Re: Summary of proposed changes to draft-gont-tsvwg-source-quench

"DeSimone, Antonio" <Antonio.DeSimone@jhuapl.edu> Thu, 02 December 2010 22:15 UTC

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From: "DeSimone, Antonio" <Antonio.DeSimone@jhuapl.edu>
To: Fernando Gont <fernando@gont.com.ar>, tsvwg <tsvwg@ietf.org>
Date: Thu, 2 Dec 2010 17:16:35 -0500
Subject: Re: Summary of proposed changes to draft-gont-tsvwg-source-quench
Thread-Topic: Summary of proposed changes to draft-gont-tsvwg-source-quench
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Cc: "gorry@erg.abdn.ac.uk" <gorry@erg.abdn.ac.uk>, Fred Baker <fred@cisco.com>, Dan Wing <dwing@cisco.com>
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On 12/1/10 4:56 PM, "Fernando Gont" <fernando@gont.com.ar> wrote:

Fernando,

Looks good.

> Please respond to each of these:
> 
> 1) Do *not* update the "SHOULD NOT generate ICMP SQ" in RFC 1812 to
> "MUST NOT generate ICMP SQ".

agree--consenting implementations and all that...

> 2) Update the text in RFC 1812 that states "A router MAY ignore any ICMP
> Source Quench messages it receives".
> 
> The resulting text would s/MAY/SHOULD/. This would align the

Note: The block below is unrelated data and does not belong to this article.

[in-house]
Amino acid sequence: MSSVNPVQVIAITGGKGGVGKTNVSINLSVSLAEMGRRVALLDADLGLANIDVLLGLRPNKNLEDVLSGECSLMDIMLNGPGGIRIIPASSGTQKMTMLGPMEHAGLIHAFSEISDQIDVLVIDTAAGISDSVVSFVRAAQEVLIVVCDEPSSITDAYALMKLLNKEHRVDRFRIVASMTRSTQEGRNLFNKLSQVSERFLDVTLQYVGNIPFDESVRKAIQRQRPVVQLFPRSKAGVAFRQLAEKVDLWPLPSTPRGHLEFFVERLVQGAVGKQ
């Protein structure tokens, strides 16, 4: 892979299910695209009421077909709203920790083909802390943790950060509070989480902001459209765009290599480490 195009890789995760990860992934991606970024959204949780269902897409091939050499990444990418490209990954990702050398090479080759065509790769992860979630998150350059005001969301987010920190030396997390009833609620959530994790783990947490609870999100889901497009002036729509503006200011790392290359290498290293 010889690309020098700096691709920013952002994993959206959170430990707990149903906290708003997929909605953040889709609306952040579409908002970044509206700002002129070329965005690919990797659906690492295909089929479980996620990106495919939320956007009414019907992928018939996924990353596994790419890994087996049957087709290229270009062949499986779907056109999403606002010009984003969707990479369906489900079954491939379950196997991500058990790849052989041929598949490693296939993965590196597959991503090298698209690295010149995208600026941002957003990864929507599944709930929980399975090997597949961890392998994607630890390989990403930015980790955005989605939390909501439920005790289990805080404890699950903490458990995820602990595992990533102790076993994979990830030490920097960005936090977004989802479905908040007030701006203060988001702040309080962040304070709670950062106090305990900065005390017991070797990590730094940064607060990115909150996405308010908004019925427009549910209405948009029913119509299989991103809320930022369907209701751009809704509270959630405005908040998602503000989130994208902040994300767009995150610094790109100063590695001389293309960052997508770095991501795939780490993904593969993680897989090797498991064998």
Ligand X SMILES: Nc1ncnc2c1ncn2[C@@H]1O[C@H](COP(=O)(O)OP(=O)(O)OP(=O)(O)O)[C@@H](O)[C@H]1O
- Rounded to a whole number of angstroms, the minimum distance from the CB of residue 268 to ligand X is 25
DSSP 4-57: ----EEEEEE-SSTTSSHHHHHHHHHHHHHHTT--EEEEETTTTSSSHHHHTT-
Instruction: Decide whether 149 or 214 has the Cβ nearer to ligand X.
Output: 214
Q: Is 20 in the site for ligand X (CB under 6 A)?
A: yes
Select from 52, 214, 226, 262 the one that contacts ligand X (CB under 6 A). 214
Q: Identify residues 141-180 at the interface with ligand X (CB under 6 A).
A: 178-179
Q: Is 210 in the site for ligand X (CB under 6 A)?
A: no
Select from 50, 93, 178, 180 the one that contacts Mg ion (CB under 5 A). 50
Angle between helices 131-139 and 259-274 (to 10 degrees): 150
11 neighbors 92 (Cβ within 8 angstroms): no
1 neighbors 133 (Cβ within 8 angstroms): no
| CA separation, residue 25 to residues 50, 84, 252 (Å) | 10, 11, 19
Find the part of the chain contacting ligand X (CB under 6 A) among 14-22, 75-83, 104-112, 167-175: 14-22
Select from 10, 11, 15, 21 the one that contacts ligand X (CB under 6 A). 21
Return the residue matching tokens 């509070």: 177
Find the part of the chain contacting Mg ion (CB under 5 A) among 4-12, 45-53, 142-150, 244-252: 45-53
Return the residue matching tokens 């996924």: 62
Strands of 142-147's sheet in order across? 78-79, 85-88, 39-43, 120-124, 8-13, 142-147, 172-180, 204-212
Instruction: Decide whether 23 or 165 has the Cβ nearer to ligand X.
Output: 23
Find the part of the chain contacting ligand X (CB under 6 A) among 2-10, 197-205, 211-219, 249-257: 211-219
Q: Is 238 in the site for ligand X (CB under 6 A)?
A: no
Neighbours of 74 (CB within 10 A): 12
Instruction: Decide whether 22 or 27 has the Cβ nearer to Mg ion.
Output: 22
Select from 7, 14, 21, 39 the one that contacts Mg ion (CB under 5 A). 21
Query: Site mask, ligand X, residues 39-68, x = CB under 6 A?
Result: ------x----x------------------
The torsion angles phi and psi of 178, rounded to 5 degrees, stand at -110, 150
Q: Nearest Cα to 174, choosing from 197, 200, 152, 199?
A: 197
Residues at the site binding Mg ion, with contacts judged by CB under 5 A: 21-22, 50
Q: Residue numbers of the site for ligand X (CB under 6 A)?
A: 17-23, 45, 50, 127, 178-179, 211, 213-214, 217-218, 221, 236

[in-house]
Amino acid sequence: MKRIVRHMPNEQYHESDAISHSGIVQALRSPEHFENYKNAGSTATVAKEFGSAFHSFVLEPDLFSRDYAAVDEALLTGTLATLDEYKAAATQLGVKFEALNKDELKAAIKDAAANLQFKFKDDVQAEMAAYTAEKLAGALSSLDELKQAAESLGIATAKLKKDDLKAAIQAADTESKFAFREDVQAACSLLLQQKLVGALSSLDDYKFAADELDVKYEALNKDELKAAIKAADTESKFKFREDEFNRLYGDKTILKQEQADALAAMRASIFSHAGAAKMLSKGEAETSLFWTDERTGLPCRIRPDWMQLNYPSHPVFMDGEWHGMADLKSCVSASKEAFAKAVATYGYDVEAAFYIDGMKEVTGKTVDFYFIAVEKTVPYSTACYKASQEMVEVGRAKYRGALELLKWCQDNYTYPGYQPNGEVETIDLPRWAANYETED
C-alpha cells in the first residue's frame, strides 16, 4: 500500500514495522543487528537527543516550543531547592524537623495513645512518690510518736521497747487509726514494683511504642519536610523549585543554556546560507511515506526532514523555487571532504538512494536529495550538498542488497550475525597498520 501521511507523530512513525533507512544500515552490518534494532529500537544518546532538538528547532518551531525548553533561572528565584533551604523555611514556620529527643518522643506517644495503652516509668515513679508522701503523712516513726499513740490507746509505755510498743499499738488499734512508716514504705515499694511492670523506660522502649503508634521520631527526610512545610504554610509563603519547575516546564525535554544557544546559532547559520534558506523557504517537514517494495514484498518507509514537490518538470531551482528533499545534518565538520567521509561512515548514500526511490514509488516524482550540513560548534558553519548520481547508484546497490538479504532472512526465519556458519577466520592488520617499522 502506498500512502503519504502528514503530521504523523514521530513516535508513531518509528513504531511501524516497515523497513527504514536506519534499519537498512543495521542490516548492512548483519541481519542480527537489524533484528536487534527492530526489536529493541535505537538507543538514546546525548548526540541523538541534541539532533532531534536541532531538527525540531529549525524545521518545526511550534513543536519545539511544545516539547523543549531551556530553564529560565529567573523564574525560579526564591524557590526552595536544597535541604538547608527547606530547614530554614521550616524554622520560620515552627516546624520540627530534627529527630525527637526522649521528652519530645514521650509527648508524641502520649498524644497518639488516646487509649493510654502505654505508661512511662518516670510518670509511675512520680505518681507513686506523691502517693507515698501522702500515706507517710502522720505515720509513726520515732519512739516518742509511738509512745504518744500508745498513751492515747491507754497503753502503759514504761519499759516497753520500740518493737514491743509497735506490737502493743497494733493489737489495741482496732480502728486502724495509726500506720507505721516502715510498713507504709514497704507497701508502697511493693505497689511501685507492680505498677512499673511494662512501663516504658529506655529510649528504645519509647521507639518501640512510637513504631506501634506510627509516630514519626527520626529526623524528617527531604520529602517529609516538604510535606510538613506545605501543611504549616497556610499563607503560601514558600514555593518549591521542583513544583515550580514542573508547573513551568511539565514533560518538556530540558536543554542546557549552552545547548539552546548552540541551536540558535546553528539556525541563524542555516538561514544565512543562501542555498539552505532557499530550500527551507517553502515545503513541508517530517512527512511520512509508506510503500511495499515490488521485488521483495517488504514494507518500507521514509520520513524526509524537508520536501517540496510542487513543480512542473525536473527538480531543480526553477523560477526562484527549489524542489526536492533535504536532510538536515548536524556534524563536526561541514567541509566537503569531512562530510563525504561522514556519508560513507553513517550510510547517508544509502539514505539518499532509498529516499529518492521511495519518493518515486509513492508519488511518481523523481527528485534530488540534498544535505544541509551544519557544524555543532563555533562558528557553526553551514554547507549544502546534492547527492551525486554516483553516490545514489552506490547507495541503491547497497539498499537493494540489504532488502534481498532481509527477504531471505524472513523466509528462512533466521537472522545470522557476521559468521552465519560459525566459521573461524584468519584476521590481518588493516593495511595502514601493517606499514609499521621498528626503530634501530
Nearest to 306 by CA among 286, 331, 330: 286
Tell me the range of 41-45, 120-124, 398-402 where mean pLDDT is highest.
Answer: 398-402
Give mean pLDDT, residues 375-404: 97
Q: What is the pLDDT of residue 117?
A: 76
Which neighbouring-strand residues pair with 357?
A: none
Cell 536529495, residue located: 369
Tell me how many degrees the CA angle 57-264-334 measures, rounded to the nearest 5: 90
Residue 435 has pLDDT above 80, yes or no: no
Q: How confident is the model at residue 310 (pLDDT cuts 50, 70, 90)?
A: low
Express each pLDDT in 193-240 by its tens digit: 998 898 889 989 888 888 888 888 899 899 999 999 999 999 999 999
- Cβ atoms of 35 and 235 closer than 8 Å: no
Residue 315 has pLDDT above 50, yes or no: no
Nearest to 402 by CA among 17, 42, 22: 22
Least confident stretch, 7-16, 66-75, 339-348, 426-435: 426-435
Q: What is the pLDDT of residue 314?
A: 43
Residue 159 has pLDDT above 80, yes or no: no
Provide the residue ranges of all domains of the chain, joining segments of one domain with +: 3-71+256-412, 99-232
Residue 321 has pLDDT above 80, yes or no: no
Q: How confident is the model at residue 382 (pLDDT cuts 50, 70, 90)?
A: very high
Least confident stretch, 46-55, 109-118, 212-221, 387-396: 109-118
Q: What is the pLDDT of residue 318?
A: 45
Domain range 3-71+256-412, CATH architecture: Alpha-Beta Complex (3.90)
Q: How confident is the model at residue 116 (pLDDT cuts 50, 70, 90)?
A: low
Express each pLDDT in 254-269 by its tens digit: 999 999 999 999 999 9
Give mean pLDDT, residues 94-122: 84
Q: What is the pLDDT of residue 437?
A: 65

> requirements for routers with the requirements for hosts (of ignoring
> ICMP SQs)

agree

> 3) Update the text in RFC 1122 that states "If a Source Quench message
> is received, the IP layer MUST report it to the transport layer (or ICMP
> processing)."
> 
> The resulting text would read: "If a Source Quench message is received,
> the IP layer MAY silently discard it.

agree

> 4) Update the security considerations section noting that most host
> implementation currently ignore ICMP SQ (as noted in RFC 5927), and
> mention that they could be filtered at firewalls if deemed necessary (no
> normative language here, though)

agree

> 5) Have this document obsolete RFC 1016 (Prue, W., and J. Postel, "The
> Source Quench Introduced Delay (SQuID)")

It's not a big deal either way, but I'd just leave RFC1016 out of it.  It's
just, as it says, a crazy idea.

I think I made the comment before that some of this is academic.  In that
sense I agree with Fred's opinion that much of this is not likely to affect
real implementations.  However, if we're going to produce an update I think
we should be a complete as practical, especially if there are MUST
statements in standards related to SQ--that's why I brought up 1122.  For
better or for worse, there are people who take a "checklist" approach to RFC
compliance.  Actually, almost never for better :).